xFusion packs come with example Excel fi les. You need to select the Excel fi les as the relevant source. However, it is important to note that you don’t need to use the Excel files. You can use any database, or other source, as long as you adjust the data format using the step-by-step process to represent the same format as provided in Excel.
In xFusion. you can use the sample files that come in Excel format.
The connection parameters are presented once you double-click on any of the connections listed in the Connections section as follows:
It is recommended to click on Test Connection to verify the proper parameters. If all of the connections are right, you can run a migration from the source to the target by right-clicking on an icon and selecting Run Export as shown here:
The progress and export is visually documented. This way, you can verify the success. There is also a log file in the directory where the currently utilized xFusion pack resides, as shown in the following screenshot:
Tips and recommendations for your own project
Now you know all of the main migration tools and methods. If you want to select the right tool and method for your specific situation, you will see that even though there may be many templates and preconfigured packs out there, your own project potentially comes with some individual aspects. When organizing the data migration project, use the project task skeleton I provided. It is important to subdivide the required migration steps into a group of easy-to-understand steps, where data can be verified at each level. If it gets complicated, it is probably not the right way to move forward, and you need to re-think the methods and tools you are using.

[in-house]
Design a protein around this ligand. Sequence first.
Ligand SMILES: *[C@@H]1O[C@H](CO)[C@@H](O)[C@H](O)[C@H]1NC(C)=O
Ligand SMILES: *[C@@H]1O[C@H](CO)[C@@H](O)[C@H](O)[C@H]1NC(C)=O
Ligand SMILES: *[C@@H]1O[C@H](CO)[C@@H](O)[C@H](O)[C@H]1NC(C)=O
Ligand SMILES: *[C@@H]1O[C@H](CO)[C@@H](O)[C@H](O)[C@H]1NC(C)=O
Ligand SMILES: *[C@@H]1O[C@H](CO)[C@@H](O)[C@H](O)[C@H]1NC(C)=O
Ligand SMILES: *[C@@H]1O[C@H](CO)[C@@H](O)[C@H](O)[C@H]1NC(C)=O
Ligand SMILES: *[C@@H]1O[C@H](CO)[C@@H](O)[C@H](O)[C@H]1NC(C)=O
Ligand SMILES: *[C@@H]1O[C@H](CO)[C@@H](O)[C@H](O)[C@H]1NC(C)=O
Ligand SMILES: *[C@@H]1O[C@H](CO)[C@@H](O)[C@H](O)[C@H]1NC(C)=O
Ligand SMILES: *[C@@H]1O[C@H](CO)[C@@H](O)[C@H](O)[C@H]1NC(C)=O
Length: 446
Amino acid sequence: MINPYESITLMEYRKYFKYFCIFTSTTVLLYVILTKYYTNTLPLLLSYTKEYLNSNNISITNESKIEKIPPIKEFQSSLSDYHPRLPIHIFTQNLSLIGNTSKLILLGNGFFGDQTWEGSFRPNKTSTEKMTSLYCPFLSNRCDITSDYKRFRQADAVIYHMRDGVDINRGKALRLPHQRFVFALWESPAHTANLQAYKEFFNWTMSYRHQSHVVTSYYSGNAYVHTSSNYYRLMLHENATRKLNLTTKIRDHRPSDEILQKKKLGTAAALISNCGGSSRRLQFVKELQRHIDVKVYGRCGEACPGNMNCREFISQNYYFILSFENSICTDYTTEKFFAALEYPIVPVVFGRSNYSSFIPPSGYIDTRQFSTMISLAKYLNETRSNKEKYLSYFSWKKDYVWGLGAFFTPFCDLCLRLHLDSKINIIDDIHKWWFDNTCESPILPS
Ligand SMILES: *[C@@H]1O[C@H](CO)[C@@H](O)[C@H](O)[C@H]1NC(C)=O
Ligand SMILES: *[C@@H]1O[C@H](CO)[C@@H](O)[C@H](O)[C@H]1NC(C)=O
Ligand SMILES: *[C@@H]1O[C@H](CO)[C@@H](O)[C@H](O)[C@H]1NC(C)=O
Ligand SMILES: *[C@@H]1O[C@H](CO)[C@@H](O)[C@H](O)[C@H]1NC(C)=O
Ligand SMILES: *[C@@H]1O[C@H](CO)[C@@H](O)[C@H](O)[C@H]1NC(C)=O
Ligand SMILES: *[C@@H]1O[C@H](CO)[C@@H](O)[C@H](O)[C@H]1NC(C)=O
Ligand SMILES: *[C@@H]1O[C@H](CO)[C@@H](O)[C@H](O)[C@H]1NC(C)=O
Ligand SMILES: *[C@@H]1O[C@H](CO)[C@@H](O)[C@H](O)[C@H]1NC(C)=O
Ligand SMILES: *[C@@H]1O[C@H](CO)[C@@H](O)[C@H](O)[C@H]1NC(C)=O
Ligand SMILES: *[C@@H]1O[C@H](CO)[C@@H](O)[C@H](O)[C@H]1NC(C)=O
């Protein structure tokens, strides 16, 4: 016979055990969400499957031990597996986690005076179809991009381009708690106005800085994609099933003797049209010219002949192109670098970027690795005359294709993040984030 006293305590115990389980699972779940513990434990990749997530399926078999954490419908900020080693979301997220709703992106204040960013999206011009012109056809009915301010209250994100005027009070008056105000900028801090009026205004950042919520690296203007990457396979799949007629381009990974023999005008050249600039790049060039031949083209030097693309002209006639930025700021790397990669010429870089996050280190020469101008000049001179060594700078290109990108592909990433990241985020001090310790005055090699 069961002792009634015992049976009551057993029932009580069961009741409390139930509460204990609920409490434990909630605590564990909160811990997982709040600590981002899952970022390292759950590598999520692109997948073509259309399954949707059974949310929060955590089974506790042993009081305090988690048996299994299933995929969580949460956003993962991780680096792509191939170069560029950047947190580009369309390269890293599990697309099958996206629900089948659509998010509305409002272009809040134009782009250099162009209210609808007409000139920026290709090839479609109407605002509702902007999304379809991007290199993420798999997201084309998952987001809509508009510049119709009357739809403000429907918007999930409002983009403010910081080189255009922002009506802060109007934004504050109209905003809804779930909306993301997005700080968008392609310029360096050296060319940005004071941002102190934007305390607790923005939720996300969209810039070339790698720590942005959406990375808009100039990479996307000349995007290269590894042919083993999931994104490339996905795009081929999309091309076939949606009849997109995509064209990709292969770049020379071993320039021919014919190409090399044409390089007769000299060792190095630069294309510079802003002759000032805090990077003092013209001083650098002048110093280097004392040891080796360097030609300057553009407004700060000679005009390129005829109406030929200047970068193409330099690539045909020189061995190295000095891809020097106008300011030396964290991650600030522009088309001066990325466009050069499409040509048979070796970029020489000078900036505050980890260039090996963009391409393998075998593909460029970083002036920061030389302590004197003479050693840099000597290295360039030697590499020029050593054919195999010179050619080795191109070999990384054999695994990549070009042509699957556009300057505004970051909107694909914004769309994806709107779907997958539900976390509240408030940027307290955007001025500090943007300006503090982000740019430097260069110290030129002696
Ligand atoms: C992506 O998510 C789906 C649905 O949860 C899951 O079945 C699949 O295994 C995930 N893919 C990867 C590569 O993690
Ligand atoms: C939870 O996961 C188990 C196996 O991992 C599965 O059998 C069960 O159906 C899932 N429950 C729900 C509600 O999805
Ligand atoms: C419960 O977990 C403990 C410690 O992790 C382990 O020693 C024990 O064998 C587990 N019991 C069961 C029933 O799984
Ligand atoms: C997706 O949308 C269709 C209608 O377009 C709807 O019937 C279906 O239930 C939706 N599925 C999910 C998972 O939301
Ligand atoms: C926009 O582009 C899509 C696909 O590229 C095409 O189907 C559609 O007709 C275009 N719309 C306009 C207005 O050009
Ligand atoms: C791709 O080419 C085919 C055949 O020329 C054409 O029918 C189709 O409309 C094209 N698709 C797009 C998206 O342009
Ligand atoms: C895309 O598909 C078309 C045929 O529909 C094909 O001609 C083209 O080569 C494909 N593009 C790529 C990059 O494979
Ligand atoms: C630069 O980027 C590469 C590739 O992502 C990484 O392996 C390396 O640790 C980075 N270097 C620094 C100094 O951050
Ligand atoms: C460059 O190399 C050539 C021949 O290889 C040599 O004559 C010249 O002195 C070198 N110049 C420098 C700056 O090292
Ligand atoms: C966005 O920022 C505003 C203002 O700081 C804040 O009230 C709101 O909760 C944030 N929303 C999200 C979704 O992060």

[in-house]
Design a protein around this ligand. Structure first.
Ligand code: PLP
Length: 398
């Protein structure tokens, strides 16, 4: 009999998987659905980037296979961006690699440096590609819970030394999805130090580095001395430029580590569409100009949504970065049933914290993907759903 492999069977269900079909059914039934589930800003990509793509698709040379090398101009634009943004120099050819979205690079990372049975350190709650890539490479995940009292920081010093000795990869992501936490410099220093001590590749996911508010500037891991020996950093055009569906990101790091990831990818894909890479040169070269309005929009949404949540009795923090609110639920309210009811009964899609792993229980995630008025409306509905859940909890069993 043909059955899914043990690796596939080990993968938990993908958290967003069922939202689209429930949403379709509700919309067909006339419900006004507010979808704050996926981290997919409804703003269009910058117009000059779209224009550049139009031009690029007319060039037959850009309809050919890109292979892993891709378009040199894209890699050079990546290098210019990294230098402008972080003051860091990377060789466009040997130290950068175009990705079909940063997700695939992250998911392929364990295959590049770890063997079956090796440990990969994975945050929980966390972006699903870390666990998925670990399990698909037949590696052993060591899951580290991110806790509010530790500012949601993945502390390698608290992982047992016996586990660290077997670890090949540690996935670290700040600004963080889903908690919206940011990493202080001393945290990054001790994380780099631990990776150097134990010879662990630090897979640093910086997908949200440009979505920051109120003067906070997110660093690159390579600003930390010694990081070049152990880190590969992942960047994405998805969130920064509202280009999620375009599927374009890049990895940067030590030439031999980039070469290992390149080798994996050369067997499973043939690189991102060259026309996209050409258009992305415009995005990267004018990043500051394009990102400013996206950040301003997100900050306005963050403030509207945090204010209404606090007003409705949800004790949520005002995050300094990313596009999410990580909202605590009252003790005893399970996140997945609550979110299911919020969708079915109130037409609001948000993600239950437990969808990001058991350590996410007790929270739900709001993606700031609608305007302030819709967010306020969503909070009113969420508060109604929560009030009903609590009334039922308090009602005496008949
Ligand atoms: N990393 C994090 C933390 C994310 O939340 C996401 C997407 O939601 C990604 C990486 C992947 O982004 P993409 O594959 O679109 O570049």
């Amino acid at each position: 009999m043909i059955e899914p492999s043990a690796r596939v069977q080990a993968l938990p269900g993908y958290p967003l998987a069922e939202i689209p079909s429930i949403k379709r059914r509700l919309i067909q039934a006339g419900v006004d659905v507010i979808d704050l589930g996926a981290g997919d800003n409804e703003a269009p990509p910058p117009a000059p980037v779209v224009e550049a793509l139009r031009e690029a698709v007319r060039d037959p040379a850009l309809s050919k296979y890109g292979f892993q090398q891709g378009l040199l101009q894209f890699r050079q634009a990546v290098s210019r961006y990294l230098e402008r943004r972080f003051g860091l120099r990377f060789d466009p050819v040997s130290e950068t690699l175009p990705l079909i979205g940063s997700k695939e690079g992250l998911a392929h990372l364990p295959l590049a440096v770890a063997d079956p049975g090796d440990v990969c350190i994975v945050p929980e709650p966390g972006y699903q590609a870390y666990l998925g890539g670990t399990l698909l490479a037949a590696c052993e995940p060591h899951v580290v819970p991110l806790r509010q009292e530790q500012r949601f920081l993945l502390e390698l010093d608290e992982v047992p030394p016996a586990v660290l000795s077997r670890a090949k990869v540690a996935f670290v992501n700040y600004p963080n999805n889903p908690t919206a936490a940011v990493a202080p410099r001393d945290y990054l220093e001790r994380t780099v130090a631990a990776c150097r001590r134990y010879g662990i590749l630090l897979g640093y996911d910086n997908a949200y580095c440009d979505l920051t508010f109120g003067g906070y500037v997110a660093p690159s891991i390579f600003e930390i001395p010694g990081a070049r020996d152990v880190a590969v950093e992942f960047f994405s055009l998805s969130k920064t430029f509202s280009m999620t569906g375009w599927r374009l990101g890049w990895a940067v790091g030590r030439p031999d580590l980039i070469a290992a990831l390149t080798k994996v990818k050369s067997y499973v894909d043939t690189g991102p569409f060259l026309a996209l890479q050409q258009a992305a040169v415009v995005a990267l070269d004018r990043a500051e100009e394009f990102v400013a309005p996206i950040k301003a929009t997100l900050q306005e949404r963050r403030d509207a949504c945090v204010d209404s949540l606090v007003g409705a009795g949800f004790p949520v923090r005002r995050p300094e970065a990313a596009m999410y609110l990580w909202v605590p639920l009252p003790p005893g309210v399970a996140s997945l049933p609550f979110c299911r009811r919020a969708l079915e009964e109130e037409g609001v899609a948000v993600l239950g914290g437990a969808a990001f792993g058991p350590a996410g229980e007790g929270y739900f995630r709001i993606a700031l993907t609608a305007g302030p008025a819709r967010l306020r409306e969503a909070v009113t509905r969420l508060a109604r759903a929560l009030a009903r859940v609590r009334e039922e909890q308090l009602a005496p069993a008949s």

The most common issue I found in similar projects is that the data to be migrated is not entirely clean and consistent. Therefore, be sure to use a data verification procedure at each step. Don’t just import data, only to find out later that the database is overloaded with data that is not right.
Separate the master data and the transaction data. If you don’t want to lose valuable transaction data, you can establish a reporting database which will save all of the historic transactions. For example, sales history can easily be migrated to an SQL database. You can then provide access to this information from the required SAP forms using queries or Crystal Reports.
During the course of evaluating the data import features available in the SAP Business ONE application, we have already learned how to import business partner information and item data. This can easily be done using the standard SAP data import features based on the Excel or text files.
Using this method allows the lead, customer, and vendor data to be imported. Let’s say that the Lemonade Stand enterprise has salespeople who travel to trade fairs and collect contact information. We can import the address information using the proven BP import method. But after this data is imported, what would the next step be? It would be a good idea to create and manage opportunities based on the address material. Basically, you already know how to use Excel to bring over address information. Let’s enhance this concept to bring over opportunity information. We will use xFusion to import opportunity data into the SAP Business ONE application. The basis will be the xFusion pack for opportunities.
Importing sales opportunities for the Lemonade Stand
The xFusion pack is open, and you can see that it is a nice and clean example without major complexity. That’s how it should be, as you see here: